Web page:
numpy.intersect1d¶

numpy.
intersect1d
(ar1, ar2, assume_unique=False, return_indices=False)[source]¶ Find the intersection of two arrays.
Return the sorted, unique values that are in both of the input arrays.
 Parameters
 ar1, ar2array_like
Input arrays. Will be flattened if not already 1D.
 assume_uniquebool
If True, the input arrays are both assumed to be unique, which can speed up the calculation. Default is False.
 return_indicesbool
If True, the indices which correspond to the intersection of the two arrays are returned. The first instance of a value is used if there are multiple. Default is False.
New in version 1.15.0.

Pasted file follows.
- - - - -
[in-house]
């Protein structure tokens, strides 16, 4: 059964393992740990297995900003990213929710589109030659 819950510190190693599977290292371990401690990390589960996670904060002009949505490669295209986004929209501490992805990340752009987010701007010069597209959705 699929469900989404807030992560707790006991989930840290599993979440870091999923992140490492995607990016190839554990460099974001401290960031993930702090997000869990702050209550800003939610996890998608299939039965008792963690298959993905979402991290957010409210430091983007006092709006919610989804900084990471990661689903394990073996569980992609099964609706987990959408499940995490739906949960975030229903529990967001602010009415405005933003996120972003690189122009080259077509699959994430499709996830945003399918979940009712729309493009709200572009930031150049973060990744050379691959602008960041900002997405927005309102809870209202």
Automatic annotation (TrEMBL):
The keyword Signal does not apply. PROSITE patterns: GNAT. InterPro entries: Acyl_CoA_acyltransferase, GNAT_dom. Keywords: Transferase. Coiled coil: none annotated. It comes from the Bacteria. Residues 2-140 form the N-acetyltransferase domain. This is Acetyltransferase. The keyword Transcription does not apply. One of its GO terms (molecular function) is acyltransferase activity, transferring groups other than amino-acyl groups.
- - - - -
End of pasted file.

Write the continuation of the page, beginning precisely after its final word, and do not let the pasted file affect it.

Returns
 intersect1dndarray
Sorted 1D array of common and unique elements.
 comm1ndarray
The indices of the first occurrences of the common values in ar1. Only provided if return_indices is True.
 comm2ndarray
The indices of the first occurrences of the common values in ar2. Only provided if return_indices is True.
See also
numpy.lib.arraysetops
Module with a number of other functions for performing set operations on arrays.
Examples
>>> np.intersect1d([1, 3, 4, 3], [3, 1, 2, 1]) array([1, 3])
To intersect more than two arrays, use functools.reduce:
>>> from functools import reduce >>> reduce(np.intersect1d, ([1, 3, 4, 3], [3, 1, 2, 1], [6, 3, 4, 2])) array([3])
To return the indices of the values common to the input arrays along with the intersected values:
>>> x = np.array([1, 1, 2, 3, 4]) >>> y = np.array([2, 1, 4, 6]) >>> xy, x_ind, y_ind = np.intersect1d(x, y, return_indices=True) >>> x_ind, y_ind (array([0, 2, 4]), array([1, 0, 2])) >>> xy, x[x_ind], y[y_ind] (array([1, 2, 4]), array([1, 2, 4]), array([1, 2, 4]))